Joanna: I don't.

Clea: It's a close and personal format. It's a way to bring people in and create a large inner circle of close friends, and that's what we want this podcast to feel like. We want it to feel like everyone's sitting down together each week and hanging out as friends. Again, Joanna doesn't like the word "intimate," but it is a very different format — the most close-up and personal format. There are no visuals. There's no anything. It's just us and them.

Clea sheds light on battling her cancer diagnosis

Clea, you spoke to this earlier a little bit, but you've been so open on Instagram about your breast cancer diagnosis. How did you manage to take care of yourself while making this show? Could you walk me through that journey?

The podcast actually was the perfect thing to focus on during breast cancer treatment. There's a lot less physicality in the process, the programming process, the producing, and even the recording, so it was a great thing to focus on. It's something that has really brought a lot of joy, being able to sit down with Joanna and hang out. It doesn't get any better than that. It has been an uplifting thing for me in all of this.

They describe what self-care means to them

In the podcast, you talk a lot about motherhood, being married, and certain anecdotes of your lives. In addition to all your organizing, home style, and lifestyle tips, how would you define health and wellness at this point in your life?

Clea: I would describe it differently this very moment than other people. I'm going through a bit of it right now. We often talk about self-care, [but] self-care can mean a lot of different things to a lot of different people. Organizing is a huge part of our self-care process. It's calming. It creates a feeling of zen for us. Some people like to meditate. We like to organize. That's the way we go about it. 

It's taking time out in your day and your week [and] prioritizing yourself. It's something that I've definitely talked a lot about since my cancer diagnosis, prioritizing your health over your busy schedule. The bottom line remains the same, which is, we're all super busy, and it's easy to go through life being super busy and not taking care of yourself.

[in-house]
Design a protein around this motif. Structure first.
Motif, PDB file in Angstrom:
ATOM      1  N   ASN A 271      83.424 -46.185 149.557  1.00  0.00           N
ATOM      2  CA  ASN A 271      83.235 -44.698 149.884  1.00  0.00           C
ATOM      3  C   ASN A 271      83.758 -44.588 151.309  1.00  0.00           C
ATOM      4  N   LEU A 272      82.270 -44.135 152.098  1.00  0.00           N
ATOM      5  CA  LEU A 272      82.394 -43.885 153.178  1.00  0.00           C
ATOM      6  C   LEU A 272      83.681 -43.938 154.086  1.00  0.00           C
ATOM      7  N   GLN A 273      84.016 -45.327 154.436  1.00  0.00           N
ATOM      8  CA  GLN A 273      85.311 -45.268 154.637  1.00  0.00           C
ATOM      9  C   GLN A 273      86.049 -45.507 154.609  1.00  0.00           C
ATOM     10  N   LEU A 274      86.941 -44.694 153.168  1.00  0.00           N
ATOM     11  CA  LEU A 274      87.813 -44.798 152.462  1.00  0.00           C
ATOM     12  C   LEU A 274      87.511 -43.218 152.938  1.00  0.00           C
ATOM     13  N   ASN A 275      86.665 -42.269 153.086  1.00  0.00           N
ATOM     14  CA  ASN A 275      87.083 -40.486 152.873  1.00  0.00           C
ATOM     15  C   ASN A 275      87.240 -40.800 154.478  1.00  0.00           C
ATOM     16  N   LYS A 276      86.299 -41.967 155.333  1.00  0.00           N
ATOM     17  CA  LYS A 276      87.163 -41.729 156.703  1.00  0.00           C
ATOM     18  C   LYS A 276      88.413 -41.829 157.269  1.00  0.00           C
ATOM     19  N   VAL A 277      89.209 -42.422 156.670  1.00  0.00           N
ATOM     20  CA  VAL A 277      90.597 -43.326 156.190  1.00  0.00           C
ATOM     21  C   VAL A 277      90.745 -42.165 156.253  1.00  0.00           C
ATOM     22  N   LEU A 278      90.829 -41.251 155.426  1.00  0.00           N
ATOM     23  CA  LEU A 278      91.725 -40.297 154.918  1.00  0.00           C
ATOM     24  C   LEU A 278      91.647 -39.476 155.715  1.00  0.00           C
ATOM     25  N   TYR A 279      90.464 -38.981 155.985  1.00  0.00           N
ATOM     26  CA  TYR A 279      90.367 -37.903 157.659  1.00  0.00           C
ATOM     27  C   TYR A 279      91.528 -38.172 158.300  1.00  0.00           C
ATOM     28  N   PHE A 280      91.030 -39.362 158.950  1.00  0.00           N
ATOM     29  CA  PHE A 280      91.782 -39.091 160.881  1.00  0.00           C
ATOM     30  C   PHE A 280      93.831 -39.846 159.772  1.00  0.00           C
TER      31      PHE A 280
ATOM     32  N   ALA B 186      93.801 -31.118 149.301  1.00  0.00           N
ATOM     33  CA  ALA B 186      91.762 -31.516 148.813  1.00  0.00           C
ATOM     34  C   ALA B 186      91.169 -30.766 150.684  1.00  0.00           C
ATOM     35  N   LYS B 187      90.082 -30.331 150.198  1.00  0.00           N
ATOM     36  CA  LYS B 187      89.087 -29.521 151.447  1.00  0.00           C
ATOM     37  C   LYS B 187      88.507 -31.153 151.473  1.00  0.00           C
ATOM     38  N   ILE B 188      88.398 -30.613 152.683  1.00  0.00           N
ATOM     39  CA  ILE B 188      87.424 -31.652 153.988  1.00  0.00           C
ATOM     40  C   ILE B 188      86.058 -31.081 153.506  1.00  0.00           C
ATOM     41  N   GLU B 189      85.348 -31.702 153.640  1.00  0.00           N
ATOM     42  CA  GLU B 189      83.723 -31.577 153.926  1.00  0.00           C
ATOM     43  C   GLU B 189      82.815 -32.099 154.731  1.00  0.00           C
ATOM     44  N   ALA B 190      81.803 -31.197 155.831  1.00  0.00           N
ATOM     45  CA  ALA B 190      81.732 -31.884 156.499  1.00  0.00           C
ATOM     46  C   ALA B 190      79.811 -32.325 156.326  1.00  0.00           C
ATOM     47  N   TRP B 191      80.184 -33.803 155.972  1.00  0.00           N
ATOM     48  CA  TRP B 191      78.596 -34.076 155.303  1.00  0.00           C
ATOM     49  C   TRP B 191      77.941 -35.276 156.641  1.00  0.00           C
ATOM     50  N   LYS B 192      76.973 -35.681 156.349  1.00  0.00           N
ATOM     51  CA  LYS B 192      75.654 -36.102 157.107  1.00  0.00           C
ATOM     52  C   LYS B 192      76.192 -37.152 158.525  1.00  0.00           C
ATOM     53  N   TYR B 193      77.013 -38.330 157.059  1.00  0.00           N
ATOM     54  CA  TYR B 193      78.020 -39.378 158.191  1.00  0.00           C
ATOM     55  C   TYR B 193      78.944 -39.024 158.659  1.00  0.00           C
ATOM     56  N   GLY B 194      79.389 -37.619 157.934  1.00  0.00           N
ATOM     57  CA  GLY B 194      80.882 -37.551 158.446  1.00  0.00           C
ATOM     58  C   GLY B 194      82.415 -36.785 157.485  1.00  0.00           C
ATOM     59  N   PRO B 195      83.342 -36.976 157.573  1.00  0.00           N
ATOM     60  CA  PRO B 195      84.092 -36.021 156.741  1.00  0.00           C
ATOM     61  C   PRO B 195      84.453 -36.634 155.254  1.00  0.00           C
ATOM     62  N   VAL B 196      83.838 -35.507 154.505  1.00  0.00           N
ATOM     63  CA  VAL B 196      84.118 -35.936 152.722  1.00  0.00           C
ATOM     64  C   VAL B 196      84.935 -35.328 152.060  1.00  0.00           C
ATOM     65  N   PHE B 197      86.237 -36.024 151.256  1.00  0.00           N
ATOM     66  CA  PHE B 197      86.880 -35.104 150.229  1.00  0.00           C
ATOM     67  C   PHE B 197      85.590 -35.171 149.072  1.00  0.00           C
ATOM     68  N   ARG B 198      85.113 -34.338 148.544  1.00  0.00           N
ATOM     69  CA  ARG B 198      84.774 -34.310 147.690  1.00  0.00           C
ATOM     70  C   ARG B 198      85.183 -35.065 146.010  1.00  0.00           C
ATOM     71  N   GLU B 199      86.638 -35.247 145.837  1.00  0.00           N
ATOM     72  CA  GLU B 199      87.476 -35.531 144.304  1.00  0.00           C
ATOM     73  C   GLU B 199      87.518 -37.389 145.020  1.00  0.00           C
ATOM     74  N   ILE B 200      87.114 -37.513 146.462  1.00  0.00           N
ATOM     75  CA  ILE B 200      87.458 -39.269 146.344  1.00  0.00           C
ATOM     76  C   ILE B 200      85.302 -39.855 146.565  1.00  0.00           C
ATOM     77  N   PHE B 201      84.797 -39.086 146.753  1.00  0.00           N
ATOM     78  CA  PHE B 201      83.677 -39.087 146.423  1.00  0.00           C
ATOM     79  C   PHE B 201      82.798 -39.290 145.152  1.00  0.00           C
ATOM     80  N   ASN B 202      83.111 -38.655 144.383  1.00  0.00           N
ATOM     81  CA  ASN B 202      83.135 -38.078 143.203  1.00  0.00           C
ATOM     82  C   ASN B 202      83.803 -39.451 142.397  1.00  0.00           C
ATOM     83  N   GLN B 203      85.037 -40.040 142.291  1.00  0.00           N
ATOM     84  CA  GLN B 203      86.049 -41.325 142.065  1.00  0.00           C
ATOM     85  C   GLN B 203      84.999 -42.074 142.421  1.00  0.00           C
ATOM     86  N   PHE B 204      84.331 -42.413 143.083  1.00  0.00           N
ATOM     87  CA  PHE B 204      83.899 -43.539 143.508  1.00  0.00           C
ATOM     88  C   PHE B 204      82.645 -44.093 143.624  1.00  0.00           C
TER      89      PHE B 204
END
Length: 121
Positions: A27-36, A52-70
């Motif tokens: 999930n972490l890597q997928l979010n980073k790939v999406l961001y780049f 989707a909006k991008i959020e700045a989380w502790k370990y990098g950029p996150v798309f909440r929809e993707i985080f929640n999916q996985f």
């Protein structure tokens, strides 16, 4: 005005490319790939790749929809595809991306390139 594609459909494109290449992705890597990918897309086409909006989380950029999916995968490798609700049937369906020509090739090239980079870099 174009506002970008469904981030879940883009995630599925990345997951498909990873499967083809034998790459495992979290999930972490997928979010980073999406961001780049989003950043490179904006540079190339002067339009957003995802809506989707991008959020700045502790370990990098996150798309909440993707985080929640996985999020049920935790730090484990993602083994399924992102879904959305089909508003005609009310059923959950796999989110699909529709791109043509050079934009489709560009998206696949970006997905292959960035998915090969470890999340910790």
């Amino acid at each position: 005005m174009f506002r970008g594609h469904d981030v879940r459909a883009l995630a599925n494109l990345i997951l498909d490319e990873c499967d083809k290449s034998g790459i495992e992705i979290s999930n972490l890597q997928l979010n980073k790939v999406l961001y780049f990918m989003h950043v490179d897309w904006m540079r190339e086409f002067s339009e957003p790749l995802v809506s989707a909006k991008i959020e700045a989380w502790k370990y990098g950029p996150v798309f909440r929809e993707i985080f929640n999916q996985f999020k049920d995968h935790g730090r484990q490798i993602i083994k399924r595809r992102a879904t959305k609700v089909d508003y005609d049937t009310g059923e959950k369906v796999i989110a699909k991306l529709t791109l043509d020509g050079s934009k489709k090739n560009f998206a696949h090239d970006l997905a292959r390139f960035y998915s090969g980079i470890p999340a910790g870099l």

Listen to your body, give it rest — refocus to notice what your body's going through. Even if you're fatigued, listen to it, and it won't steer you wrong. I often say I found my cancer. I found my tumors myself, and it took stopping in my busy track and being like, "Wait a minute. Clearly, something's not right, and I need to stop. I know I'm super busy right now, but that doesn't mean that this is any less real."

Joanna: That's right. One of the things that we're so excited about this podcast is looking for comic relief. Selfishly, we're excited that we both get a little bit of that each week, but we are hoping to spread that to other people too in this amazing community.

Spoiler alert: There will be laughter

Since The Home Edit launched in 2015, what do you hope that listeners take away from your content, specifically with this podcast?

Clea: I truly want everyone to walk away feeling like we are all friends — that they're listening with their friends, not to these other people. I want everyone to have a smile on their face and be like, "Wow, that was fun. We were part of that experience."

Joanna: I agree. That's a great way to put it.

Can you describe "Best Friend Energy" in three words?

Joanna: Funny, and — this is not one single word — but not taking ourselves too seriously.

Clea: Authentic, funny, and warmth. There's a lot of heart. We laugh at each other all the time.

Joanna: All the time.

Clea: Not with each other — at each other. It's fine. It's a real come-as-you-are podcast. It's okay to give people permission to be their authentic selves and to have them be their authentic self on our topic. I want people to feel that.

"Best Friend Energy" is officially out on Apple Podcasts, Spotify, and other podcast listening platforms.

This interview was edited for clarity.